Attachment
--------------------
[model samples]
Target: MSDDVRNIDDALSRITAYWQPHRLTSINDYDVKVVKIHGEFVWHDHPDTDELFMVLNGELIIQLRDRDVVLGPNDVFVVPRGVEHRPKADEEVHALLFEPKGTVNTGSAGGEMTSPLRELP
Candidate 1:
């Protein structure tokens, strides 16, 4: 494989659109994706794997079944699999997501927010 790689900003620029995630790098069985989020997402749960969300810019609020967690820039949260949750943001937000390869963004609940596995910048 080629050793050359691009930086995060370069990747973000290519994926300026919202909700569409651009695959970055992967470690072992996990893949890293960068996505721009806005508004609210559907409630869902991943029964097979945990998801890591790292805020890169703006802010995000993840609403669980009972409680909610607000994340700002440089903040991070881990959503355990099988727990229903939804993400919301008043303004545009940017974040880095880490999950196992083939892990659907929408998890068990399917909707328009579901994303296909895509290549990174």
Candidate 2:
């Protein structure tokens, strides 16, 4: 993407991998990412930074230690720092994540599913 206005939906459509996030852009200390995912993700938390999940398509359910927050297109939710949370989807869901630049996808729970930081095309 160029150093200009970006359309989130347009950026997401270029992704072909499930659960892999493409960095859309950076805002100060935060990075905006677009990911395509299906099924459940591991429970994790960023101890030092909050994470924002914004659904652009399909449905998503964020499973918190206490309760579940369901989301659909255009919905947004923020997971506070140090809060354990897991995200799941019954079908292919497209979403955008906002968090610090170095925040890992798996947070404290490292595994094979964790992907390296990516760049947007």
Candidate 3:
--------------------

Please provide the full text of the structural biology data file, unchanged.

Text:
[model samples]
Target: MSDDVRNIDDALSRITAYWQPHRLTSINDYDVKVVKIHGEFVWHDHPDTDELFMVLNGELIIQLRDRDVVLGPNDVFVVPRGVEHRPKADEEVHALLFEPKGTVNTGSAGGEMTSPLRELP
Candidate 1:
């Protein structure tokens, strides 16, 4: 494989659109994706794997079944699999997501927010 790689900003620029995630790098069985989020997402749960969300810019609020967690820039949260949750943001937000390869963004609940596995910048 080629050793050359691009930086995060370069990747973000290519994926300026919202909700569409651009695959970055992967470690072992996990893949890293960068996505721009806005508004609210559907409630869902991943029964097979945990998801890591790292805020890169703006802010995000993840609403669980009972409680909610607000994340700002440089903040991070881990959503355990099988727990229903939804993400919301008043303004545009940017974040880095880490999950196992083939892990659907929408998890068990399917909707328009579901994303296909895509290549990174």
Candidate 2:
């Protein structure tokens, strides 16, 4: 993407991998990412930074230690720092994540599913 206005939906459509996030852009200390995912993700938390999940398509359910927050297109939710949370989807869901630049996808729970930081095309 160029150093200009970006359309989130347009950026997401270029992704072909499930659960892999493409960095859309950076805002100060935060990075905006677009990911395509299906099924459940591991429970994790960023101890030092909050994470924002914004659904652009399909449905998503964020499973918190206490309760579940369901989301659909255009919905947004923020997971506070140090809060354990897991995200799941019954079908292919497209979403955008906002968090610090170095925040890992798996947070404290490292595994094979964790992907390296990516760049947007």
Candidate 3: